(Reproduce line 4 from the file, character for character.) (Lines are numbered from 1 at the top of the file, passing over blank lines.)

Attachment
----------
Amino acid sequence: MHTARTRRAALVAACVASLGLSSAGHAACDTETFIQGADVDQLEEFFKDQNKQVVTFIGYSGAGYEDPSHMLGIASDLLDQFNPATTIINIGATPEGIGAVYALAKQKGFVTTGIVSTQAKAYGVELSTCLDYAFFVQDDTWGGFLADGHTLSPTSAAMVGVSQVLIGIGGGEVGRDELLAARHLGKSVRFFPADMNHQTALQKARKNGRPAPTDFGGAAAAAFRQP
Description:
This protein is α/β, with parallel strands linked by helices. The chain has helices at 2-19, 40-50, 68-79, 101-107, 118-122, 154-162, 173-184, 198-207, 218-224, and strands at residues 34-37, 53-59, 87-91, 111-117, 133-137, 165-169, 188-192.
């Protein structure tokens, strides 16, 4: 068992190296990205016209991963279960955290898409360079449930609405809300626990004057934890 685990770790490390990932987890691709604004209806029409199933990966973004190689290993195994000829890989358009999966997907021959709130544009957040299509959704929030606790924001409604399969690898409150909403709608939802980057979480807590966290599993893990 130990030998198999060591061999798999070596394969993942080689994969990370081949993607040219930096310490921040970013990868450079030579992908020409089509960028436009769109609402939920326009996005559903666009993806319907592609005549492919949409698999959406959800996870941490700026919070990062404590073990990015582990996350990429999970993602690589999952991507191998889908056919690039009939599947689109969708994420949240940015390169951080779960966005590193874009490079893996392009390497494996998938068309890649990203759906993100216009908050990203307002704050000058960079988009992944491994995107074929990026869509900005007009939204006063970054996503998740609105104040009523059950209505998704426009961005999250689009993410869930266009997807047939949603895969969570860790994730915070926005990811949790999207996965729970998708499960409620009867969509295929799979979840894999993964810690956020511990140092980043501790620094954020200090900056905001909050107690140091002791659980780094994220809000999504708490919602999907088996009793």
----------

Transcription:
């Protein structure tokens, strides 16, 4: 068992190296990205016209991963279960955290898409360079449930609405809300626990004057934890 685990770790490390990932987890691709604004209806029409199933990966973004190689290993195994000829890989358009999966997907021959709130544009957040299509959704929030606790924001409604399969690898409150909403709608939802980057979480807590966290599993893990 130990030998198999060591061999798999070596394969993942080689994969990370081949993607040219930096310490921040970013990868450079030579992908020409089509960028436009769109609402939920326009996005559903666009993806319907592609005549492919949409698999959406959800996870941490700026919070990062404590073990990015582990996350990429999970993602690589999952991507191998889908056919690039009939599947689109969708994420949240940015390169951080779960966005590193874009490079893996392009390497494996998938068309890649990203759906993100216009908050990203307002704050000058960079988009992944491994995107074929990026869509900005007009939204006063970054996503998740609105104040009523059950209505998704426009961005999250689009993410869930266009997807047939949603895969969570860790994730915070926005990811949790999207996965729970998708499960409620009867969509295929799979979840894999993964810690956020511990140092980043501790620094954020200090900056905001909050107690140091002791659980780094994220809000999504708490919602999907088996009793």